COMMENTARY: I don’t remember much about the day I was diagnosed, but I do remember the first question that came to my mind. Who do I tell? Followed by, When do I tell them? My doctor, after giving me a prescription for Xanax, quickly took my BlackBerry away and said, “Be cautious who you tell and know once you tell someone; you can never take it back.” Now, three years later with a different doctor, an iPhone to replace that BlackBerry, and having told virtually the world my status, I still struggle with the question: When is the right time to tell someone you have HIV?
The first person I told was my best friend, Felipe. Over a glass of wine and sworn to secrecy, he would be one of 12 people, including my family, past boyfriends, and a few friends that would share my secret for nearly 2.5 years. During this time, I had researched at length about when and how to tell people. Medical sources encourage caution and honesty. HR handbooks encouraged privacy. And personal blogs ranged from openness to horror stories. I was finding that society expected full disclosure, would hold you accountable for any risk, but was virtually unprepared for the openness.
Accountability is evident through legislation in some 30 states that require you to tell sexual partners. But is the expectation to tell someone on that first date — or first hookup — realistic? Even if you don’t partake in sexual activity early on, how long is too long before the person across from you should know?
I remember being asked by someone at a bar if I was “clean.” Is that what everyone else thought — you were either "clean" or "dirty." I couldn’t very well say, “I am dirty”. Before HIV, believe it or not, I had never had an STD. I don’t let anyone sleep in my bed without showering and can often be found cleaning my office phone and keyboard simultaneously. We, of course, went our separate ways when I disclosed that I was in fact “dirty.”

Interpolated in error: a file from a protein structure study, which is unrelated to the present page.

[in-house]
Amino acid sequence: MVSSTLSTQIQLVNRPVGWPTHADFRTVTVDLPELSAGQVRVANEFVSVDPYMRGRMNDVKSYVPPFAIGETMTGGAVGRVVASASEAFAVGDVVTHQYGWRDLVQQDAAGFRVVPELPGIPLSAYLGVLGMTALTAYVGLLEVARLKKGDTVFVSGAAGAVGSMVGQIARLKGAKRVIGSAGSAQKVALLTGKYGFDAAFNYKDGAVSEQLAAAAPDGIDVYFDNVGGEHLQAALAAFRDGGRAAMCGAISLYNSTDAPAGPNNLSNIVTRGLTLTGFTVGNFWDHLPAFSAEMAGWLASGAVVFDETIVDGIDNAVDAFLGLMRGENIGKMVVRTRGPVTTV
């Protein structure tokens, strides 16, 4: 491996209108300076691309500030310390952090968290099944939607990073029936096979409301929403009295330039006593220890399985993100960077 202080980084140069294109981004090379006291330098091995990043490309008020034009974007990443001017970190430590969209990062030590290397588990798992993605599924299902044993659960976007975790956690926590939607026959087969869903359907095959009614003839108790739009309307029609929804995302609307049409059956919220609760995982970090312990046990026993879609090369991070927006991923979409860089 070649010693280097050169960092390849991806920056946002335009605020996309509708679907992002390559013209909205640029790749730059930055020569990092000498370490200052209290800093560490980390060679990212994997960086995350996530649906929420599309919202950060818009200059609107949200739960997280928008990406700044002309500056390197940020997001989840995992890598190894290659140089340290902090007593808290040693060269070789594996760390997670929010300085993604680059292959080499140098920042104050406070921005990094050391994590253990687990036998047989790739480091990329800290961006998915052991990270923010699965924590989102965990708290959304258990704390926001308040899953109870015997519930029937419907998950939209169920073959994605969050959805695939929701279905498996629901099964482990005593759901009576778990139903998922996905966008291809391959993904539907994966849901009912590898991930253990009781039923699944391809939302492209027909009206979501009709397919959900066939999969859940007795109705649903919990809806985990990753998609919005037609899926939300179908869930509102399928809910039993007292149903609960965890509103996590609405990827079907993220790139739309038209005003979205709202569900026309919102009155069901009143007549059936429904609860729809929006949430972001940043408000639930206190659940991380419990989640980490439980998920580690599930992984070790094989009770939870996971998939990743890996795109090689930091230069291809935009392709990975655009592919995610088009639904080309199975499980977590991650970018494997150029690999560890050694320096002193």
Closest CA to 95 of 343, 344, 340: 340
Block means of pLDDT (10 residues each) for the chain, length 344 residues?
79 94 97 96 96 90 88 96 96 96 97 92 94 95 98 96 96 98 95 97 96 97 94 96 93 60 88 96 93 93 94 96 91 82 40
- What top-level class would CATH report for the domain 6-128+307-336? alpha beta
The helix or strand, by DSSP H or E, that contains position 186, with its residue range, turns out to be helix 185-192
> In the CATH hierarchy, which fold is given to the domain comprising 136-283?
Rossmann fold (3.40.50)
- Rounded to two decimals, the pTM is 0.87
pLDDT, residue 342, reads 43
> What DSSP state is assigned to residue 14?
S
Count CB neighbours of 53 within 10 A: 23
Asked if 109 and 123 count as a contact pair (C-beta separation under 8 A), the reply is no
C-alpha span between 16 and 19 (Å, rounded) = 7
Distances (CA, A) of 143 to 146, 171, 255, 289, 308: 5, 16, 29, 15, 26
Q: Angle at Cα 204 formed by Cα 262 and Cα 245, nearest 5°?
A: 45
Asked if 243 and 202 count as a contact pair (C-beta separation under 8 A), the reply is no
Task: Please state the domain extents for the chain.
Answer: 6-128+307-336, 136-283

Outside of the bedroom, the question is just as difficult. In the workplace, while privacy is encouraged and laws are in place to protect us from discrimination, I was often conflicted: Is it too personal, unprofessional, or an “over-share”? Regardless of where you work, there is an innate fear of being treated differently, being judged or simply feeling exposed, a fear that leads to secrecy.
The first time I had complications that involved a large infection on my face, I told coworkers an elaborate story that involved a spider bite while on vacation. I lied out of fear, to cover my greatest truth, a truth that was manifesting on my face, one I didn’t want to impact the career I was working hard to build. When I eventually disclosed my status, my company became one of my biggest pillars of support. The conversations I have had with some of my coworkers have been among the most compelling and valuable moments.